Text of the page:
For Reasons of State
Critical Essays and an Index to Vols. 1-4 of the Senator Gravel Edition of the Pentagon Papers
The more sophisticated among Mr. Nixon’s Vietnam supporters have often tried to draw flattering parallels with de Gaulle’s skillful withdrawal from Algeria. They argue that the kinds of calculations and judgments which have governed Nixon’s withdrawal from Vietnam during the past four years are precisely those which lay behind de Gaulle’s Algeria policy after 1958. Both realized from the start that their respective wars could not be “won” because in neither case would public opinion tolerate the sacrifices that victory entailed; both concluded that withdrawal was the only remaining choice, even if it meant abandoning causes for which both nations had made enormous sacrifices.
In both cases, so the argument goes, there were political and strategic reasons why the actual withdrawal had to be prolonged or postponed even after the decision to withdraw had been taken. But eventually all military and political intervention in the affairs of the former protectorate would come to an end, and the wisdom and good sense of the imperial power could no longer be doubted. In Vietnam there would be no more Americans fighting either on the ground or in the air, no more clumsy attempts to manipulate the various Saigon factions in the interests of stability and order, and no more irrational fears that the loss of South Vietnam would lead, as Ralph Stavins has put it,1 to the retirement of the US from the arena of world politics. The US would continue to provide ammunition and spare parts for the South Vietnamese forces. But it would do no more than that.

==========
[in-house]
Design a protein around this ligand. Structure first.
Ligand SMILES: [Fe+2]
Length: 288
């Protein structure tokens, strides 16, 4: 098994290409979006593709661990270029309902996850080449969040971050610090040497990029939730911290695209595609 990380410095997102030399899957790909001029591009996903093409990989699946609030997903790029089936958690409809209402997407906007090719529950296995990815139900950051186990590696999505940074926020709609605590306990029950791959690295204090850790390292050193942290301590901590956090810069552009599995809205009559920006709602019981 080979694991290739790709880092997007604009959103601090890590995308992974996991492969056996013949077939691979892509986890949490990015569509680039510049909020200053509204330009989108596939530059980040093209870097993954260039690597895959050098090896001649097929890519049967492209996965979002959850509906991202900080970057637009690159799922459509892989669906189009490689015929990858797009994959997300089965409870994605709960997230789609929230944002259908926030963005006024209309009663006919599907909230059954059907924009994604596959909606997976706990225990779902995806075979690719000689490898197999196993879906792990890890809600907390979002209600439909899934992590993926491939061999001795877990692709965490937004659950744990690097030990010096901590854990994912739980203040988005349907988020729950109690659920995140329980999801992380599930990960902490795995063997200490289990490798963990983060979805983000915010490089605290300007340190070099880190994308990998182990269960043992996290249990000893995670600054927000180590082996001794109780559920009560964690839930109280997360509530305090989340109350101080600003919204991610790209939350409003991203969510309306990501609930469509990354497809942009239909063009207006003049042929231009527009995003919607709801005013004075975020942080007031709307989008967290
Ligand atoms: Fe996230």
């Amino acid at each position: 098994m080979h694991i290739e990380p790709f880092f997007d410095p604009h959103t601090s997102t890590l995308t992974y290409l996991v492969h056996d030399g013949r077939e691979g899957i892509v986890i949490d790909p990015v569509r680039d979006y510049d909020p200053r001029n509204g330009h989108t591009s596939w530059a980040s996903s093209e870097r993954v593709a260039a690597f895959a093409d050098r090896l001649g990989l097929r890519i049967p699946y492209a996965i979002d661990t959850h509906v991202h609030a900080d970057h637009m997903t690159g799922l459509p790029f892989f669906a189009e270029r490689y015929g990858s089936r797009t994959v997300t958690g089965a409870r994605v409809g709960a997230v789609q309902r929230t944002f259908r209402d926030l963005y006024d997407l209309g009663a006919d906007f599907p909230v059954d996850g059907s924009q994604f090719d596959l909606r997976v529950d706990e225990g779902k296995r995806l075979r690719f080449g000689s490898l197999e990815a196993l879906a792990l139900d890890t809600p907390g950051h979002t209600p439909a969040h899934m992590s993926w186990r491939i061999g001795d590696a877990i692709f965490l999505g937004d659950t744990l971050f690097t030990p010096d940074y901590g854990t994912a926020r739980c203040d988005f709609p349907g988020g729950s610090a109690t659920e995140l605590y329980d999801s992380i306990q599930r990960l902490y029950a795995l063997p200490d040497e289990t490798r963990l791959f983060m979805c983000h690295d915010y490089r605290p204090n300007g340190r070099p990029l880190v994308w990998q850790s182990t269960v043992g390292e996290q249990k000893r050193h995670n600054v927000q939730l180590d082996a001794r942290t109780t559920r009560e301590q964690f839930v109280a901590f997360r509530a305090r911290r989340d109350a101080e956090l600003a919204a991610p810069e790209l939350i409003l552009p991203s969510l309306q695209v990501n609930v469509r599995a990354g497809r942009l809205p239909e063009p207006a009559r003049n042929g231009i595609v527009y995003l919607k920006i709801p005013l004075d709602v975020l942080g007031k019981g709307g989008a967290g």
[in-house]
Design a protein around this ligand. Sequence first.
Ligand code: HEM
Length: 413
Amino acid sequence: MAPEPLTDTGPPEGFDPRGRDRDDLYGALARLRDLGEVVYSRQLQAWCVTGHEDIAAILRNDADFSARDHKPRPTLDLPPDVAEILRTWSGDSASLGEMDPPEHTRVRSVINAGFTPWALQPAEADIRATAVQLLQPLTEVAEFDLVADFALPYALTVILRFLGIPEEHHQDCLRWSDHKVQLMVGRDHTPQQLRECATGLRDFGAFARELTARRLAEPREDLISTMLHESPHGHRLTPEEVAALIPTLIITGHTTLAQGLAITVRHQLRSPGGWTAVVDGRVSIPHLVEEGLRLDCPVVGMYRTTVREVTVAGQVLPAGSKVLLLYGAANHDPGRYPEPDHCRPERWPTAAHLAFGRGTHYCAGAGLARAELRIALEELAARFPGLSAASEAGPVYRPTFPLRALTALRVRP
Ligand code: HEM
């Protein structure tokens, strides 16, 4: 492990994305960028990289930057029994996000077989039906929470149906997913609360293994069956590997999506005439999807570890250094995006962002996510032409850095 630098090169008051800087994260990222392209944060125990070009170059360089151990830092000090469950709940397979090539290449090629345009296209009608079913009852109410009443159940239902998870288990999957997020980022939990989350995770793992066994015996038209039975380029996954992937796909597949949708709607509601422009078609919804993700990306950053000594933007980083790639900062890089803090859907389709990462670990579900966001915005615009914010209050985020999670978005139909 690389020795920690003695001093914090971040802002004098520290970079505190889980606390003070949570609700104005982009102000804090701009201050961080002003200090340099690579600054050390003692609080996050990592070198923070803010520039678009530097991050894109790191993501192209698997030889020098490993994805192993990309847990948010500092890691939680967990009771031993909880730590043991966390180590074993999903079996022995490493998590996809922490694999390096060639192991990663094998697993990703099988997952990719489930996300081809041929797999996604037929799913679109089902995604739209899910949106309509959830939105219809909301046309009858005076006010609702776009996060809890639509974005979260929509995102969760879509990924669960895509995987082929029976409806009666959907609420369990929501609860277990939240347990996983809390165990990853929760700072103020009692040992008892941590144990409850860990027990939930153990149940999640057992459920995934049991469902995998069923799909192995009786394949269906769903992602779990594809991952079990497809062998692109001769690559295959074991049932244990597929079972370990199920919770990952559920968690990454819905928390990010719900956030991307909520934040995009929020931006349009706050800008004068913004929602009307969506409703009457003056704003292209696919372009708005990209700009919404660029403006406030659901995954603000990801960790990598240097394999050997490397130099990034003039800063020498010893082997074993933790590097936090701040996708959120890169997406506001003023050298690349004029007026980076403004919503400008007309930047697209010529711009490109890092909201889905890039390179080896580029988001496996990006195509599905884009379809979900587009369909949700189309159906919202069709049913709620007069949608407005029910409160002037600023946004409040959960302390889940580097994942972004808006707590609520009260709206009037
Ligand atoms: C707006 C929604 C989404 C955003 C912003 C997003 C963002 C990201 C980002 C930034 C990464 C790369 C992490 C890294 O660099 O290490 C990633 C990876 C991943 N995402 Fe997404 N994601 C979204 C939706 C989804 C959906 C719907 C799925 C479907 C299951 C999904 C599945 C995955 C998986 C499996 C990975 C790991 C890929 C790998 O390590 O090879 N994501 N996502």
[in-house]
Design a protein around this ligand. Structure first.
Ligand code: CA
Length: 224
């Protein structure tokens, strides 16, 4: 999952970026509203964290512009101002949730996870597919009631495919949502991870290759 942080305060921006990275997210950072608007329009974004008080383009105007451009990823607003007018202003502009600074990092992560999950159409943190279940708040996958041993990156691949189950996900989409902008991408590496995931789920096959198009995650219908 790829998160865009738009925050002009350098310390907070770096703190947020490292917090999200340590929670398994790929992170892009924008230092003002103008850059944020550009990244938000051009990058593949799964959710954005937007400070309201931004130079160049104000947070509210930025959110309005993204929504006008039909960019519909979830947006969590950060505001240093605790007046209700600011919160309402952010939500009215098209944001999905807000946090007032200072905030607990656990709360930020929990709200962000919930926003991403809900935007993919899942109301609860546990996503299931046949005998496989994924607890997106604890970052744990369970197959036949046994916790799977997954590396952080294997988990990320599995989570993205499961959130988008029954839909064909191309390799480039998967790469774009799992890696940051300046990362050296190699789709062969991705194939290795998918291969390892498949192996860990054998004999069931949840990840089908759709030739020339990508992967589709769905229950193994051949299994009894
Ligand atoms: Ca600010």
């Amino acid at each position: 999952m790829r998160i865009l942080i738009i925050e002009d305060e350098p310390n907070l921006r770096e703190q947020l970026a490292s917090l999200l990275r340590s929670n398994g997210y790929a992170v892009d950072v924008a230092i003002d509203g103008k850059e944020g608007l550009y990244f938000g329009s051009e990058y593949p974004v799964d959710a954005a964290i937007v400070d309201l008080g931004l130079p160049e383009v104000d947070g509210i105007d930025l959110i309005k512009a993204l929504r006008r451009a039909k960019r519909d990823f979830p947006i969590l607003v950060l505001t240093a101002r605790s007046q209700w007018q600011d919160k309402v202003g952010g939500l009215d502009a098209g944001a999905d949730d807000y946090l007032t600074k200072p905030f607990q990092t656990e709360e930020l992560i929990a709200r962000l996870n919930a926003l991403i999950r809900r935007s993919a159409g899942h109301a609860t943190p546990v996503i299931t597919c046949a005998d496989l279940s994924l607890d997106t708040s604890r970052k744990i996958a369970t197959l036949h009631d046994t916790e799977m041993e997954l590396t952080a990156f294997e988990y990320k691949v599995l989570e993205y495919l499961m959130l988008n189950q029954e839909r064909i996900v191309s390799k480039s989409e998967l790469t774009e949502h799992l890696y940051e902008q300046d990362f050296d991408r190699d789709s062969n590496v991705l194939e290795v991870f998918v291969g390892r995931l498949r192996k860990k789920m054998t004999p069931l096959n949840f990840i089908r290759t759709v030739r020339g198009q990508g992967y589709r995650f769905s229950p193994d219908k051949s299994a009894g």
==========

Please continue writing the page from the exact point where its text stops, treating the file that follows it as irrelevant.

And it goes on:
Nixon and Kissinger, characteristically, have avoided any such detailed description of what the post-with-drawal relationship with the South Vietnamese would be, but the notion that they would, like some irritating virus, sooner or later be cast off has been implicit in most of what Nixon and Kissinger have said. Every one of Nixon’s speeches announcing a new troop withdrawal invariably stressed that the withdrawal had been made possible by the remarkable progress of the South Vietnamese, the clear implication being that this improvement would eventually reach the point where complete withdrawal was possible. And Henry Kissinger’s much vaunted “two track” strategy for ending the war, first outlined in his Foreign Affairs article of January, 1969, and supposedly the blueprint for the negotiations he later handled, envisaged a mutual disengagement by the United States and North Vietnam, which would leave the task of negotiating a political settlement to the South Vietnamese factions, free from outside interference. Admittedly both these predictions were contradicted by the stipulation of the Nixon doctrine that US air power would always be available to rescue regimes in distress, but at least until recently Administration spokesmen have always been evasive on whether the doctrine applies to South Vietnam, citing instead Cambodia as its “purest” application.
The number of voters, senators, congressmen, and journalists who have been fully convinced that Nixon’s Vietnam policy would indeed end in such a clear-cut disengagement was probably never very large. But the number…
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